A picture taken on August 10, 2016 shows flames and smoke rising from a well on fire at the Bai Hassan oil field, the largest in the northern Iraq Kirkuk Province. (Photo by AFP)
An agreement between the central government in Baghdad and a Kurdish party, which had recently disrupted oil flow from the northern Iraqi region of Kirkuk to Turkey
, has enabled the resumption of the process.
Kosrat Rasul, head of the Patriotic Union of Kurdistan (PUK) that controls Kirkuk’s oil fields, said his group has reached a deal with Prime Minister Haider al-Abadi on Tuesday, Reuters reported.
Under the agreement, crude will continue flowing from the region through a pipeline to a Turkish export terminal on the Mediterranean en route to global markets.
Last week, PUK forces stormed the state-run North Oil Company (NOC) in Kirkuk, which resulted in briefly stopping oil exports in an effort to force Baghdad to meet its demand for a share of the revenue.
Aala Talabani, a key PUK lawmaker in the Iraqi parliament, said local authorities were unhappy that neither Baghdad nor the semi-autonomous Kurdistan Regional Government (KRG) was prepared to build a local refinery “so that the people of the province can have a share of the petrodollars.”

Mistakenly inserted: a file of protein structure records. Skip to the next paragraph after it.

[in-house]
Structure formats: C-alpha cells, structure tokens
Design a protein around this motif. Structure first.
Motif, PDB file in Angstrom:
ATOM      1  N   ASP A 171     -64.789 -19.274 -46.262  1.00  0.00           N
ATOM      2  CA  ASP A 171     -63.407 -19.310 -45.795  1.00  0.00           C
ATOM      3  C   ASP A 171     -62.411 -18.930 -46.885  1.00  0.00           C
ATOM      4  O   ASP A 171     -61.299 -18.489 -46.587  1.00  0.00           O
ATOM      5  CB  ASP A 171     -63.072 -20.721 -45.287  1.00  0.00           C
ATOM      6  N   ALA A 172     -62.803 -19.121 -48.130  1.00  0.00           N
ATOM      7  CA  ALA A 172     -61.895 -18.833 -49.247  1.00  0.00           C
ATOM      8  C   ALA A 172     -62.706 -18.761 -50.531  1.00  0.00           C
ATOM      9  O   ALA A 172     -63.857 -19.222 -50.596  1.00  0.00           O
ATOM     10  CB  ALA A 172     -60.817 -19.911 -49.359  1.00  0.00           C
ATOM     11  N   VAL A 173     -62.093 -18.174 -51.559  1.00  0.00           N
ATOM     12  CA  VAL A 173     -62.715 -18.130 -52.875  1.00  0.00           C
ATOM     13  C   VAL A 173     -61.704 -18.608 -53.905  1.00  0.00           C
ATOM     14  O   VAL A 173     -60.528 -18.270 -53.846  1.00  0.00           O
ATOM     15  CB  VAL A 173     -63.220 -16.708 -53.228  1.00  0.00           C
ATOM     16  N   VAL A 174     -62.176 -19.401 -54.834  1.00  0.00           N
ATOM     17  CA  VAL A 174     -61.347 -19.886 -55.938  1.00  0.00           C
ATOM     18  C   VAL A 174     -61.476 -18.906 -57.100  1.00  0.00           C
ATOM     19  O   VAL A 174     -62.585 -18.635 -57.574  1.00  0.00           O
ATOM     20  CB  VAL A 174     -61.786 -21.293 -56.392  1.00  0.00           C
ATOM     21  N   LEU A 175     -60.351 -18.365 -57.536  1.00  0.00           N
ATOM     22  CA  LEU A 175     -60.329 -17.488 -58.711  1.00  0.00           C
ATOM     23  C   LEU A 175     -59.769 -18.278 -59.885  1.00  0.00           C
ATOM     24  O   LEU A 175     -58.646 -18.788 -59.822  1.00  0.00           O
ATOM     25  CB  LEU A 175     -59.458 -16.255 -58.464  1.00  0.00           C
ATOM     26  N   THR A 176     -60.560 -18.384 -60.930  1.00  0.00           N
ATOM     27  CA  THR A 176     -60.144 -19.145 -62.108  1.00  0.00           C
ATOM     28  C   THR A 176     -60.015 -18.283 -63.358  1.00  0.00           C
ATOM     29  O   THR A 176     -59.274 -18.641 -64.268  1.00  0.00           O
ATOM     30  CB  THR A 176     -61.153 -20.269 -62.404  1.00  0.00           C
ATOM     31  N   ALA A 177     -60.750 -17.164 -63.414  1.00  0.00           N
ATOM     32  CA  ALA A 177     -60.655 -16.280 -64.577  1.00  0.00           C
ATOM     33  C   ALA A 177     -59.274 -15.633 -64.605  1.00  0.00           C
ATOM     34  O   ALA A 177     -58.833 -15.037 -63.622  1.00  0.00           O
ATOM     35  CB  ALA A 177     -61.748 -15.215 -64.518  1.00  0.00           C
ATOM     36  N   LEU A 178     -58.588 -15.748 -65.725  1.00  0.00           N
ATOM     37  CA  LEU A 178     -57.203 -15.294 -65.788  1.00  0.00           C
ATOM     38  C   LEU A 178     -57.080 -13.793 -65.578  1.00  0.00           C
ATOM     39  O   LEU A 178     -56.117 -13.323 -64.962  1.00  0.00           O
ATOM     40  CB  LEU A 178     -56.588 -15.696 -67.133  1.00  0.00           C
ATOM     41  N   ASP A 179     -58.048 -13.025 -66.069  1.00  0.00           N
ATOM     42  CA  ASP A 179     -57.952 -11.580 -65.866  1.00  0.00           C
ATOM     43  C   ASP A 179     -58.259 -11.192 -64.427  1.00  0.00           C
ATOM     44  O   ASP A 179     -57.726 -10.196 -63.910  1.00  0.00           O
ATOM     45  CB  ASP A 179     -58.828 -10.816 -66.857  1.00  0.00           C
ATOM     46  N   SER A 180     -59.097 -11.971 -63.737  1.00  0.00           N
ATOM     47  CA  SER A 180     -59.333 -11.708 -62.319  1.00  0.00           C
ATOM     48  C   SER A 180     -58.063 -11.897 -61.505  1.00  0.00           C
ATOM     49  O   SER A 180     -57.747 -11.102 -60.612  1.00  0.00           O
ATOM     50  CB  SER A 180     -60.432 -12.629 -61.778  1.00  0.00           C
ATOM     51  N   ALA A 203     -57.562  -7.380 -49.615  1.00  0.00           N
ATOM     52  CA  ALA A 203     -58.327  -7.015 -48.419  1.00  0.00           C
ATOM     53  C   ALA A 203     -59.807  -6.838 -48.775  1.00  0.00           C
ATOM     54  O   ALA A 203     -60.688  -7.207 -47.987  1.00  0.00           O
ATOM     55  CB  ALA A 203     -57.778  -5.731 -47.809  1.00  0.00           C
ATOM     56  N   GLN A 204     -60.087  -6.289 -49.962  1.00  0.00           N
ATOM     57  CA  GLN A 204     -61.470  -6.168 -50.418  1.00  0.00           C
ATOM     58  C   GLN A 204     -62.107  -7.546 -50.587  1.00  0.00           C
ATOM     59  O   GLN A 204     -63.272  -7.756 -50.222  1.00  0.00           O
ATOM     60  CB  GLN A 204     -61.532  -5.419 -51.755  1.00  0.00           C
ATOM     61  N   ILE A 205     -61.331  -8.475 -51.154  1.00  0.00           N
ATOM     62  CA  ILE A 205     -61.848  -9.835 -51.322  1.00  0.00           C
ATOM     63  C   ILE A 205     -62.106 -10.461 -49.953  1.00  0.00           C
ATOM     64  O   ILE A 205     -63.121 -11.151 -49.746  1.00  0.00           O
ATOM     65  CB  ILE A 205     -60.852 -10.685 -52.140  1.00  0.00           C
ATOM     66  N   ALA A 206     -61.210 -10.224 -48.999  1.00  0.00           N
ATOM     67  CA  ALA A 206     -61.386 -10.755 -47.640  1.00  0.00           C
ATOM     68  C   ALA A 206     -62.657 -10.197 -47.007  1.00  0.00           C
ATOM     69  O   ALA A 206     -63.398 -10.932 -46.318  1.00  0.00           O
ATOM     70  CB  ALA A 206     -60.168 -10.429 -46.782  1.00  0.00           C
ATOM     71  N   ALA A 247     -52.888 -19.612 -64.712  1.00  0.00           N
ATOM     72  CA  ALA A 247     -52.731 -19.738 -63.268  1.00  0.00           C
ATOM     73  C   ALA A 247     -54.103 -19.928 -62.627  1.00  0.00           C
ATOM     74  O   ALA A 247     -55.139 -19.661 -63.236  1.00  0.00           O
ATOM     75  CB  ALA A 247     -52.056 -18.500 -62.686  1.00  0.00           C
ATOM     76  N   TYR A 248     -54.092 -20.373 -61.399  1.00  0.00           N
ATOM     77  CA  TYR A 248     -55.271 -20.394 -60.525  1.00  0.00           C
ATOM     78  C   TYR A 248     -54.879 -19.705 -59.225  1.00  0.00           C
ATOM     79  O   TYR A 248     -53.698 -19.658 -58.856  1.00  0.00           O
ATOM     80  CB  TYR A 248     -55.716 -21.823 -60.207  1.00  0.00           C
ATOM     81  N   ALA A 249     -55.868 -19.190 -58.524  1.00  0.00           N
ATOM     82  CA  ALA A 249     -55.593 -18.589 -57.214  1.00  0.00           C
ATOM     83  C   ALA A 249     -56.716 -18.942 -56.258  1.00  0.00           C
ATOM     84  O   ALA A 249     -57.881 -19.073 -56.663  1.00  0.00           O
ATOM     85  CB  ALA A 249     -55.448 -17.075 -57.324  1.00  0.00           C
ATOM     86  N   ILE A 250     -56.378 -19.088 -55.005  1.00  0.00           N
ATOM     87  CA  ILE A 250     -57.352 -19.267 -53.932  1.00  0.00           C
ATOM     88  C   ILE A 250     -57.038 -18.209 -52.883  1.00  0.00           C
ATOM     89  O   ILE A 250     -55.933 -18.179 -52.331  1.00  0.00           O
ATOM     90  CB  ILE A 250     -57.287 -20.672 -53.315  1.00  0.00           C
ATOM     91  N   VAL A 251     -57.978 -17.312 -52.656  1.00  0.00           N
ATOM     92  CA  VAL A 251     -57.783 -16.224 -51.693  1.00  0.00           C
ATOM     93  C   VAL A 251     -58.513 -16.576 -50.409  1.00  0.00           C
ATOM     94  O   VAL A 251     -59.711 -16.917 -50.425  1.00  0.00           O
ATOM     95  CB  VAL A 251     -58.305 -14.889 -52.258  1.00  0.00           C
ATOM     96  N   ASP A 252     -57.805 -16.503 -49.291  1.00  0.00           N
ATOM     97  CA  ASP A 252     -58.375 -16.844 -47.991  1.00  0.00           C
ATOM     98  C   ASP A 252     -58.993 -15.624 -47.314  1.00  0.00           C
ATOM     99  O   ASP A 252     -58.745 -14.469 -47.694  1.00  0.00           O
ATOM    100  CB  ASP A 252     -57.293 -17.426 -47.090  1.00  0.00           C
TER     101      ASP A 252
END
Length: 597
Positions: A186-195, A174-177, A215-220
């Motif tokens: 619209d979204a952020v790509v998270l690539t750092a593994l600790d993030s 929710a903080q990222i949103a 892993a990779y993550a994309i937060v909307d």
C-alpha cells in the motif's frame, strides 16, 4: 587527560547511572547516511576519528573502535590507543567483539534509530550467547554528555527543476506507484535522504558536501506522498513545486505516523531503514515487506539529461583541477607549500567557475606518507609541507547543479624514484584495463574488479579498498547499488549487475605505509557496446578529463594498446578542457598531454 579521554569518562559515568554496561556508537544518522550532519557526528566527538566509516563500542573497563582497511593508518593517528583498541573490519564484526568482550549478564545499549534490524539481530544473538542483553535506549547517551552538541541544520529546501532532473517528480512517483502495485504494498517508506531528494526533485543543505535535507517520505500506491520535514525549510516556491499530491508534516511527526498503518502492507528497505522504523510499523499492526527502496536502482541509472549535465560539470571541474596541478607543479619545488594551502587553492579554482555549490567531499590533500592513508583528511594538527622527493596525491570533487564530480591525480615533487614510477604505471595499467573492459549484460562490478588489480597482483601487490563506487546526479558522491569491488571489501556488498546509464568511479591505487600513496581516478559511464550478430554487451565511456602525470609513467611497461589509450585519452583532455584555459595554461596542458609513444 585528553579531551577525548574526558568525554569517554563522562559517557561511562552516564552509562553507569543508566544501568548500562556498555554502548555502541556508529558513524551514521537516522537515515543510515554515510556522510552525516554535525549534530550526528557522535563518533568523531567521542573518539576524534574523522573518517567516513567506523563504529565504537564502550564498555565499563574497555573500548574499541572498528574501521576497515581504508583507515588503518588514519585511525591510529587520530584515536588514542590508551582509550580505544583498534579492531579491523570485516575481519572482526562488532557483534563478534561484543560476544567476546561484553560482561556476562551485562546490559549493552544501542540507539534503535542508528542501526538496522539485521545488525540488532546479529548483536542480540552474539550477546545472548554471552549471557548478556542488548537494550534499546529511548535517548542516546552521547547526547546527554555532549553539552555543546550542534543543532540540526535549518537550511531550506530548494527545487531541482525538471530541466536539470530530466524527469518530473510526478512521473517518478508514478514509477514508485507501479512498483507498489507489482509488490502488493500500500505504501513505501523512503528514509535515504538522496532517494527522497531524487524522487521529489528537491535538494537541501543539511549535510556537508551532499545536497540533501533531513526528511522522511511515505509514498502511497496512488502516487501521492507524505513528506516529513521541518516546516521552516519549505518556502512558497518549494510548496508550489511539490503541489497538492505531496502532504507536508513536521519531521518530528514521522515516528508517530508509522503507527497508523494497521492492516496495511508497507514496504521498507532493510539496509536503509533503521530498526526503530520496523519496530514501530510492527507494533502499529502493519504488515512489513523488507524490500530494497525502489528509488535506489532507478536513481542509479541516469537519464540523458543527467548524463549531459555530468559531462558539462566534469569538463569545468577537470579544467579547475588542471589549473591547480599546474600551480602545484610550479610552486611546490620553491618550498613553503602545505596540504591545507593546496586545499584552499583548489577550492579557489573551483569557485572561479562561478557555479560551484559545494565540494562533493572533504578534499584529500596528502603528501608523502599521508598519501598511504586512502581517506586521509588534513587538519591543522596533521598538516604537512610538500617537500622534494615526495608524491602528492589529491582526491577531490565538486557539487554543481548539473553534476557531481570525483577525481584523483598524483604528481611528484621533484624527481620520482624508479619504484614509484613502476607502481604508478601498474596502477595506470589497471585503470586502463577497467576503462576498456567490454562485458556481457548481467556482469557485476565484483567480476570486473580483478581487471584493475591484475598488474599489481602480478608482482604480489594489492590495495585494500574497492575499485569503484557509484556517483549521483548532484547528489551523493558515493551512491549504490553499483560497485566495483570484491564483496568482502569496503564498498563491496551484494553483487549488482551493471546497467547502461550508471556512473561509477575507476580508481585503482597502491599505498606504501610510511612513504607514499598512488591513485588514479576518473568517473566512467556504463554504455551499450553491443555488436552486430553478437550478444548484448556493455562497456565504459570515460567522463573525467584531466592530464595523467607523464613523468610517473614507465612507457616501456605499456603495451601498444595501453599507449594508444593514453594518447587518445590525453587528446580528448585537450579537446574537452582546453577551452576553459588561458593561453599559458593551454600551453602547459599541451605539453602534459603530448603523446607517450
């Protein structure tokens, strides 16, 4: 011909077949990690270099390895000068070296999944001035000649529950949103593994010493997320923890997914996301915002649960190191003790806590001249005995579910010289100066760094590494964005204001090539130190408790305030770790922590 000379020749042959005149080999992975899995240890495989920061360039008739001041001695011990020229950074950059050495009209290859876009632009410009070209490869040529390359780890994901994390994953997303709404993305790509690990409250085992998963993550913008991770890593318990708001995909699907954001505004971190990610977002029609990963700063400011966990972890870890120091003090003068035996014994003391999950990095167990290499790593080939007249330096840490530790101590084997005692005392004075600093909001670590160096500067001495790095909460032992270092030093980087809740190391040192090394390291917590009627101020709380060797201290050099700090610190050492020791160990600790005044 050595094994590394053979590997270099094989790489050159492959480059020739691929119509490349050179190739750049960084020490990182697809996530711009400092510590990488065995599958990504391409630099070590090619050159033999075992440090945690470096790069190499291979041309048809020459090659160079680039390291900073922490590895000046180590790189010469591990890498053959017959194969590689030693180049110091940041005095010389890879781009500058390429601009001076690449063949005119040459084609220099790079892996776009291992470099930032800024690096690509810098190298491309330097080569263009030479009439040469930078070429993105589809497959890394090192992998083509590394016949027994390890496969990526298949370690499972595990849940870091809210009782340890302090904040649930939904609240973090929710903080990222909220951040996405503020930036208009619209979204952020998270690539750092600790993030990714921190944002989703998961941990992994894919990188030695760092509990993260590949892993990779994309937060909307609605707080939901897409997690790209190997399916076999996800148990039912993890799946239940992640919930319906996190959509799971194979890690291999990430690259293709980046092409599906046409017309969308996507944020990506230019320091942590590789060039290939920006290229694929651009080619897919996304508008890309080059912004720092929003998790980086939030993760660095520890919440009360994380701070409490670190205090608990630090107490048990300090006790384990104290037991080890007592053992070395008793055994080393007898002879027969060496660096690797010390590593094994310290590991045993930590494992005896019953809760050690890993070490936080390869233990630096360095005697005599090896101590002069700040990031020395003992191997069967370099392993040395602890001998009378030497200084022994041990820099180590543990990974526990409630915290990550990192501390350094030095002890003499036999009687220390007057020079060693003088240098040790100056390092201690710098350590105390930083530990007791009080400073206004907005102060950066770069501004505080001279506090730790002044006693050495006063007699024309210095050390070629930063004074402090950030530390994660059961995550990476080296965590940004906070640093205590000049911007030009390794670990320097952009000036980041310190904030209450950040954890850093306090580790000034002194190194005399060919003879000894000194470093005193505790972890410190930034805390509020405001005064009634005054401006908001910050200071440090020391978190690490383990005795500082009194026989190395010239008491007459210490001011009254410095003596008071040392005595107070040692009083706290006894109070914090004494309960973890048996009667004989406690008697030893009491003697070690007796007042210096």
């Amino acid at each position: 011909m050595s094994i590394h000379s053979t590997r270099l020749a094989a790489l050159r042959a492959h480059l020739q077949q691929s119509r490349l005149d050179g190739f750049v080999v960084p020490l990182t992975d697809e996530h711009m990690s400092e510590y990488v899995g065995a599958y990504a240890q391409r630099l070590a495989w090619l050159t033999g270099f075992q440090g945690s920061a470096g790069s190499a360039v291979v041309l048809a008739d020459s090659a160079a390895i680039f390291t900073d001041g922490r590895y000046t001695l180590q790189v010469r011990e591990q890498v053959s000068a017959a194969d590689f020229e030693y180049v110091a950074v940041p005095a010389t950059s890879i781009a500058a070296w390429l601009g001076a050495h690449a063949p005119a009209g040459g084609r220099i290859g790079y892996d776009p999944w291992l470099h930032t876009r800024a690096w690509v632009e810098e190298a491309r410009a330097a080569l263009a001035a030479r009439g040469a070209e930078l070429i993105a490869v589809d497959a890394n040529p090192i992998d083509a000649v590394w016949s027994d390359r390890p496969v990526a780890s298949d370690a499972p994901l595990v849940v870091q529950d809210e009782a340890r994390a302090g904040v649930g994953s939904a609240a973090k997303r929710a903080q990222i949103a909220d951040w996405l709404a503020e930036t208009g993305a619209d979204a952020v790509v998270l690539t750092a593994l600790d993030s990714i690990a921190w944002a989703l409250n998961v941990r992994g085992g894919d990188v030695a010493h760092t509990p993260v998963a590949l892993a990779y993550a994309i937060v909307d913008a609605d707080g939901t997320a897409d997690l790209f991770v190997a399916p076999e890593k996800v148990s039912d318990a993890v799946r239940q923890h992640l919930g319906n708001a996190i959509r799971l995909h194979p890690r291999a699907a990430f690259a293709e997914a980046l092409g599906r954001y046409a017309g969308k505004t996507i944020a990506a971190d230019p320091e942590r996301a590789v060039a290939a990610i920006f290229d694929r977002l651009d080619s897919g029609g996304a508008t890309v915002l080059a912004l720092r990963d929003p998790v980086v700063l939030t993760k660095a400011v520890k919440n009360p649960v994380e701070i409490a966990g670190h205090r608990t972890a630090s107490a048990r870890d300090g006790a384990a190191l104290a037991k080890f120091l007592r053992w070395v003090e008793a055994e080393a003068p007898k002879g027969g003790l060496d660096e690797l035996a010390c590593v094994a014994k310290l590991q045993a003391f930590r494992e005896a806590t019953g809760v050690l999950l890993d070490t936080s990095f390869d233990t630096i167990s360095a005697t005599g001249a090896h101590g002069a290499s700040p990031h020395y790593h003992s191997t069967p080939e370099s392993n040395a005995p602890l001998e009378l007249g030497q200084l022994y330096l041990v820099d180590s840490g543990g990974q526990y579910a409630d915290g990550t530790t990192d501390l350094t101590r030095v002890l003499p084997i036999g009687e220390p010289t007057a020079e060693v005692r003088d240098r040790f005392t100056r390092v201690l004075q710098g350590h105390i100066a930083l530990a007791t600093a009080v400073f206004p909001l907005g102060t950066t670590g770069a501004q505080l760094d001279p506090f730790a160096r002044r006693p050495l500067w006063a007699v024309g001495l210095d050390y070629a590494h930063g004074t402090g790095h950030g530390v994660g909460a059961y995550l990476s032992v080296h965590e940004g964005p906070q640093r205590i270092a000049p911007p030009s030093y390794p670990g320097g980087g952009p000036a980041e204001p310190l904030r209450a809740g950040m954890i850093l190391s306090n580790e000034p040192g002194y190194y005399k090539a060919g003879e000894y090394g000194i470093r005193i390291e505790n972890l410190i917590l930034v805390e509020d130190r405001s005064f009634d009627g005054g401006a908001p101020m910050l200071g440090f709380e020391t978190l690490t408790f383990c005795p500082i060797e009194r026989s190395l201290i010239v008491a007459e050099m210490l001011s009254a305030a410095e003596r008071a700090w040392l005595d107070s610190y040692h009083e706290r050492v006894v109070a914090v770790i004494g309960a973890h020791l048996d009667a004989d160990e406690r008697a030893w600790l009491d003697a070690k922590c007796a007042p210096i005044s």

The Kurdish group also called for the 2016 Kirkuk oil sharing deal between Baghdad and the Kurdistan region “to be canceled within a week.”
Masked Kurdish forces, loyal to the Patriotic Union of Kurdistan (PUK) party, stand guard at the North Oil Company headquarters in the northern Kurdish-controlled city of Kirkuk, March 2, 2017. (Photo by AFP)
However, Rasul said that Tuesday’s “agreement ended the problem and there is no deadline anymore” to shut the pipeline, without providing further details.
The huge Kirkuk oil field can pump around 150,000 barrels per day and has been exporting the output to global markets via Turkey.
Also on Wednesday, Iraqi Oil Minister Jabar al-Luaibi said the country had added a processing unit to the Kirkuk oil refinery, increasing the plant’s capacity by 10,000 barrels per day.
In 2014, the KRG, led by President Massoud Barzani, began independent crude exports from Kirkuk, a move that sparked tensions with the central government.
However, Baghdad and Erbil inked a deal last year on the issue and agreed to equally split the revenues.
The PUK, a historic adversary of Barzani’s Erbil-based ruling Kurdistan Democratic Party, has long been against the agreement.